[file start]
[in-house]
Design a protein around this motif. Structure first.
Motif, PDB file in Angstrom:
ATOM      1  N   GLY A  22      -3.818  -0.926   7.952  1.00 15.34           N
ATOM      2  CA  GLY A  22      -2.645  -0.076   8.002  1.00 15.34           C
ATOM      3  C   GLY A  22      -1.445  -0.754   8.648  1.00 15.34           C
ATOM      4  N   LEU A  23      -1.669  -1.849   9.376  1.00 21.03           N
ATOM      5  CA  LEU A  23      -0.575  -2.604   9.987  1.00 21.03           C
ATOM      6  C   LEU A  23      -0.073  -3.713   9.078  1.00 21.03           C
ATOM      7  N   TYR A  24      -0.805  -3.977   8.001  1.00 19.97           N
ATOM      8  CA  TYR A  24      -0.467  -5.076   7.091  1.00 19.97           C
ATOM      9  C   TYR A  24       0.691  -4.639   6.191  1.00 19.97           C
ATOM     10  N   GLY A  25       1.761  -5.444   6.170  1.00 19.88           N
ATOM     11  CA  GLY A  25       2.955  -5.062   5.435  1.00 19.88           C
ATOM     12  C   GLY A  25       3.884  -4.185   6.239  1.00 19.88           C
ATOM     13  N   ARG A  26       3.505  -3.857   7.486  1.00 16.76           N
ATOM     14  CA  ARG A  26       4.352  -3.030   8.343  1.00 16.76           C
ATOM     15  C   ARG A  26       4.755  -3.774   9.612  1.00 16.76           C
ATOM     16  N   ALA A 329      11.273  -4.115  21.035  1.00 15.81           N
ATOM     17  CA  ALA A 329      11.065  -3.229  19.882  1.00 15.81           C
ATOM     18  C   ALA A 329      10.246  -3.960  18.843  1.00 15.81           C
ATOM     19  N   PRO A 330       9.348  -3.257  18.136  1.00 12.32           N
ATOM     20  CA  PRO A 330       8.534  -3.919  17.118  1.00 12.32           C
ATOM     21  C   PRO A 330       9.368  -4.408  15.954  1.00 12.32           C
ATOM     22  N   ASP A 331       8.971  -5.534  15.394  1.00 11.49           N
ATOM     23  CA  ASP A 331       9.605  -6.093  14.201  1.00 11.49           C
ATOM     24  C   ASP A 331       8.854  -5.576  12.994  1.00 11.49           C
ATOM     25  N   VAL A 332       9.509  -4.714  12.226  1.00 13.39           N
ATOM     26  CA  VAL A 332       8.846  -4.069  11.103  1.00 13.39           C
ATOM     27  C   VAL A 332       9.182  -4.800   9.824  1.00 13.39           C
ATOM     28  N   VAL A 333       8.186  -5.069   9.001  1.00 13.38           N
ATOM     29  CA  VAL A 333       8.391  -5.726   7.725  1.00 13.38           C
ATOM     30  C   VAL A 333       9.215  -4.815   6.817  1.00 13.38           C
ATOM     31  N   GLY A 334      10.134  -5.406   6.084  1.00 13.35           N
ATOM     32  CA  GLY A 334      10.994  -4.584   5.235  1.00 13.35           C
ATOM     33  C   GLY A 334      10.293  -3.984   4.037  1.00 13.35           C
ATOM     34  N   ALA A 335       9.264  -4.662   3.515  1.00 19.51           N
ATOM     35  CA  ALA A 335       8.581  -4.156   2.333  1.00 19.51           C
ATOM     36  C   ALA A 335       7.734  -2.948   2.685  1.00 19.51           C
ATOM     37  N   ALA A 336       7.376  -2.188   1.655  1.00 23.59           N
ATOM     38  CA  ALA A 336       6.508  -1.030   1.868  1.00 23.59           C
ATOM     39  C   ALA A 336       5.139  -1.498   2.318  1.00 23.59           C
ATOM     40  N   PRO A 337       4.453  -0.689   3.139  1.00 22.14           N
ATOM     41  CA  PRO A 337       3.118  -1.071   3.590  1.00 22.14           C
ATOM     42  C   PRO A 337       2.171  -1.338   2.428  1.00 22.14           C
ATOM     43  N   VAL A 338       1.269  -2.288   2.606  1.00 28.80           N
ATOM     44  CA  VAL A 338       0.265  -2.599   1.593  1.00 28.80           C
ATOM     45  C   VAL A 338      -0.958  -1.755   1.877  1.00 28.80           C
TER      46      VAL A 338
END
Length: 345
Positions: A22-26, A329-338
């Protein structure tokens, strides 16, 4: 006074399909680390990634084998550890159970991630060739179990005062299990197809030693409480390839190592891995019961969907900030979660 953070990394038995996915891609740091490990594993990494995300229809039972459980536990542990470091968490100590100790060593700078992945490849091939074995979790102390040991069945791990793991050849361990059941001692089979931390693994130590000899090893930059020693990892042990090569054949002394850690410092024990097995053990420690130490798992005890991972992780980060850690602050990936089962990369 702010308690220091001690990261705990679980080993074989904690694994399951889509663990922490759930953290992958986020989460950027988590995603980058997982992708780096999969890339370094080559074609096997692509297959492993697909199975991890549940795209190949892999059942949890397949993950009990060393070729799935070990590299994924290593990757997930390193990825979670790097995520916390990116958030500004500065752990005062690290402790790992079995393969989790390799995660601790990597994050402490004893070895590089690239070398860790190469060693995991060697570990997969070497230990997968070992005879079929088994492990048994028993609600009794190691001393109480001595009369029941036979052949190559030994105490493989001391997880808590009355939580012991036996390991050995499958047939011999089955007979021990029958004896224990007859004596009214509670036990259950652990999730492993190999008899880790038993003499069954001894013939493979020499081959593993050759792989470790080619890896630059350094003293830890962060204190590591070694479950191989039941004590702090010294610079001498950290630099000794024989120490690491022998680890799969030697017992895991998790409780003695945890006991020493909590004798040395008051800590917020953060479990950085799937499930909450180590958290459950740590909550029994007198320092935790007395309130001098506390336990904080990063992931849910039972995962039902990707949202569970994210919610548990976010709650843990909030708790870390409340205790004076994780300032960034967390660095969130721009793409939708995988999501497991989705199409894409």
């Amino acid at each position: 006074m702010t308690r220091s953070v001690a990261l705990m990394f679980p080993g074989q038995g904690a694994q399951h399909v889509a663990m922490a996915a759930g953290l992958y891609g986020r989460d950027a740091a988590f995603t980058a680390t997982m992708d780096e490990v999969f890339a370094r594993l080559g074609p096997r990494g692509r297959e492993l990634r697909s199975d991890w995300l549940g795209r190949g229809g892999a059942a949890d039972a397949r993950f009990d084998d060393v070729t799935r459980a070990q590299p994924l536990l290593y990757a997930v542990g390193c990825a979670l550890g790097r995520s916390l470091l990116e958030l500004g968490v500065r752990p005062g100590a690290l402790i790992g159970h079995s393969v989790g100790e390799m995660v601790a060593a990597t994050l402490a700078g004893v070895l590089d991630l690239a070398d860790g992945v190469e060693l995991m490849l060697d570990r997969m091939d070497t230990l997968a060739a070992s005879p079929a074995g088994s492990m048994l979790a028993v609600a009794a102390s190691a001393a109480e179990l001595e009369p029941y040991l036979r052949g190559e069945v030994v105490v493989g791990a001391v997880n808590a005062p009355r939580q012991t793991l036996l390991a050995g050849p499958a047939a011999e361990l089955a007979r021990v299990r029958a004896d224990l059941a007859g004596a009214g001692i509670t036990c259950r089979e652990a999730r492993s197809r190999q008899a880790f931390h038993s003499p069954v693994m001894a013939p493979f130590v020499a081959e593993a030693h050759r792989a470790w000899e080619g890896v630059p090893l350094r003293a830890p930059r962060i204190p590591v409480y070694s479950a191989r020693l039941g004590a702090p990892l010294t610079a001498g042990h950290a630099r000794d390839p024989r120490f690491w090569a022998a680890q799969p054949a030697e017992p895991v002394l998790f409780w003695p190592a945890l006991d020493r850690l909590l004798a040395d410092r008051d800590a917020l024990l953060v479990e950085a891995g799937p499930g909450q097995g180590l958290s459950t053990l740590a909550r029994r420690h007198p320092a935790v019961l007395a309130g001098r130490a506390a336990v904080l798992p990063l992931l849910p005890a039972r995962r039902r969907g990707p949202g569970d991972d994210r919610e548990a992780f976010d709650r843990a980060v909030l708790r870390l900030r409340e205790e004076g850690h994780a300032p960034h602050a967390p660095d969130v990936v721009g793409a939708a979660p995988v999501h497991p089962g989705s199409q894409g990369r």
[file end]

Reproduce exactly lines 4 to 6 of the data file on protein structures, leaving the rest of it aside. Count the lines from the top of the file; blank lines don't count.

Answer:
ATOM      1  N   GLY A  22      -3.818  -0.926   7.952  1.00 15.34           N
ATOM      2  CA  GLY A  22      -2.645  -0.076   8.002  1.00 15.34           C
ATOM      3  C   GLY A  22      -1.445  -0.754   8.648  1.00 15.34           C